How to Destroy Angels - An Omen EP (Cover Artwork)
Staff Review

How to Destroy Angels

How to Destroy Angels: An Omen EP

An Omen EP (2012)

Columbia


3
Trent Reznor once said that Nine Inch Nails didn't have much in rarities because he rarely had any ideas left over when he finished an album. They either made it to the record or died off right away. So it's fitting that NIN would be on hiatus while Reznor finally goes open house on his songwriting....

Trent Reznor once said that Nine Inch Nails didn't have much in rarities because he rarely had any ideas left over when he finished an album. They either made it to the record or died off right away. So it's fitting that NIN would be on hiatus while Reznor finally goes open house on his songwriting. Now he drops triple-disc instrumental soundtracks and video game music whenever, simply because he can.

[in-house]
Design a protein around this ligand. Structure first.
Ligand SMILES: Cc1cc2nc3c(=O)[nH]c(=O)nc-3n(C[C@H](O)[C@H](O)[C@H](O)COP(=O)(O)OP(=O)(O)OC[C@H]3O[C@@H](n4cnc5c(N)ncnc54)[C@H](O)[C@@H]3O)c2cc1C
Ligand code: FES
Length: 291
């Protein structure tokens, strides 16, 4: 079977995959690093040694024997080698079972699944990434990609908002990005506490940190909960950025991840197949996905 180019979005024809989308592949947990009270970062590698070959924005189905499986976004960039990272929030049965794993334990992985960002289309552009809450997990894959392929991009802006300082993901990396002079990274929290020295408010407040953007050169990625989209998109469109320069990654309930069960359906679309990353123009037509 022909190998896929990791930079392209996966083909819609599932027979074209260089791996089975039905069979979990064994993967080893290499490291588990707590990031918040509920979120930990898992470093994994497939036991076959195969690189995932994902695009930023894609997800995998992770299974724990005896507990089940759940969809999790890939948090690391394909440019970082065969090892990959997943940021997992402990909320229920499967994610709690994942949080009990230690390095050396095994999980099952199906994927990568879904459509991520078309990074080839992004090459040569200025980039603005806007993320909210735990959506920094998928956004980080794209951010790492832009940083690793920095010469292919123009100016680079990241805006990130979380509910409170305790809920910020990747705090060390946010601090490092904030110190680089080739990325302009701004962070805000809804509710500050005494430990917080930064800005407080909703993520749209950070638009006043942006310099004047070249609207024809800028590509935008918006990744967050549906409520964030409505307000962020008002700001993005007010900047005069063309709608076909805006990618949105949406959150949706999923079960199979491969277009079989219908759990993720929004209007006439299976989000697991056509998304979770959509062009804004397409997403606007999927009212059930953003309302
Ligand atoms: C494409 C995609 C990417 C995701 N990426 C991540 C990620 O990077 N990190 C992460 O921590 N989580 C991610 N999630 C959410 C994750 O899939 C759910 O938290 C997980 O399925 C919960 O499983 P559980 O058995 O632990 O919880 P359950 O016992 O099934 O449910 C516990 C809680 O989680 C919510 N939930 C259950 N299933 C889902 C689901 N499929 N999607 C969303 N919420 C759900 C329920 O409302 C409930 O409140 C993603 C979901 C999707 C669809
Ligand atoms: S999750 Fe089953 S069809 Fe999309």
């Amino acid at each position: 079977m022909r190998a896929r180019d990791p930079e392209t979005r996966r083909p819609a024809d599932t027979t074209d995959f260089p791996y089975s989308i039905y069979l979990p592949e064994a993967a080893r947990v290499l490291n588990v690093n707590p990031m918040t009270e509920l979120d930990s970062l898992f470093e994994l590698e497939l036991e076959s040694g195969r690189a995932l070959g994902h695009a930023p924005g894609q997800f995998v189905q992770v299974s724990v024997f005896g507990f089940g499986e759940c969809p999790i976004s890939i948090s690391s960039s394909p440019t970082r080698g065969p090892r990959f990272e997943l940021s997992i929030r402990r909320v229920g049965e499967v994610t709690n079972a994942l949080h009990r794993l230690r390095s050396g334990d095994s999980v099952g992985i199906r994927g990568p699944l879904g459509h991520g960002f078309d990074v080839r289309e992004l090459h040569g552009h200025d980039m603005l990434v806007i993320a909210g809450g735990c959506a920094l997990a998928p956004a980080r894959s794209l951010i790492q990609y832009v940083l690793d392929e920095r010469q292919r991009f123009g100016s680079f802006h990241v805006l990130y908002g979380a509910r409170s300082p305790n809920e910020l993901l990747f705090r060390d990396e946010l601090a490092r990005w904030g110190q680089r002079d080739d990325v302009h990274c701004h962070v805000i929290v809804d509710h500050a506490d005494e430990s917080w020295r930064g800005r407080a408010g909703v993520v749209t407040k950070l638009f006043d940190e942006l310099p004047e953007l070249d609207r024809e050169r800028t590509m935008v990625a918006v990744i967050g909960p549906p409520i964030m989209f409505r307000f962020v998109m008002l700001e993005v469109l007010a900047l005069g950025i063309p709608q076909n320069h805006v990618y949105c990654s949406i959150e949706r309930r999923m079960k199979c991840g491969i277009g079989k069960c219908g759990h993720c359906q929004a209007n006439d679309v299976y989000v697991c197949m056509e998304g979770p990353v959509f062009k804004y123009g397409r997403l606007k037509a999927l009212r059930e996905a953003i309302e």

"Because he can" works in ways both positive and negative on Reznor's new EP for How to Destroy Angels, An Omen. Why did he change the band's spelling to How to destroy angels_? Because he can. Why does he let his wife Mariqueen Maandig sing lead even though her voice doesn't really suit the material's dark electronic haze? Because he can. Why does he have a seven-minute banjo song that builds no atmosphere or dynamics whatsoever? Because he can.

Given that Angels is now signed with Columbia Records, one would think they'd skew towards a more commercial side, but An Omen is actually more challenging than the group's self-titled debut. Granted, the songs are challenging to the extent that they're also a little boring, but they remain a slightly more difficult listen all the same.

Coming off like a more polished version of NIN's Ghosts I-IV, An Omen falls somewhat short of Reznor's accomplishments, both with and without this band. At its best, An Omen draws in tension and terror from a world of ambience and dance beats. More often than not, however, it comes off as a tad bit safe. Reznor has been pretty prolific over the last few years, but one wonders what his success rate would be without so much product to clog the world of music.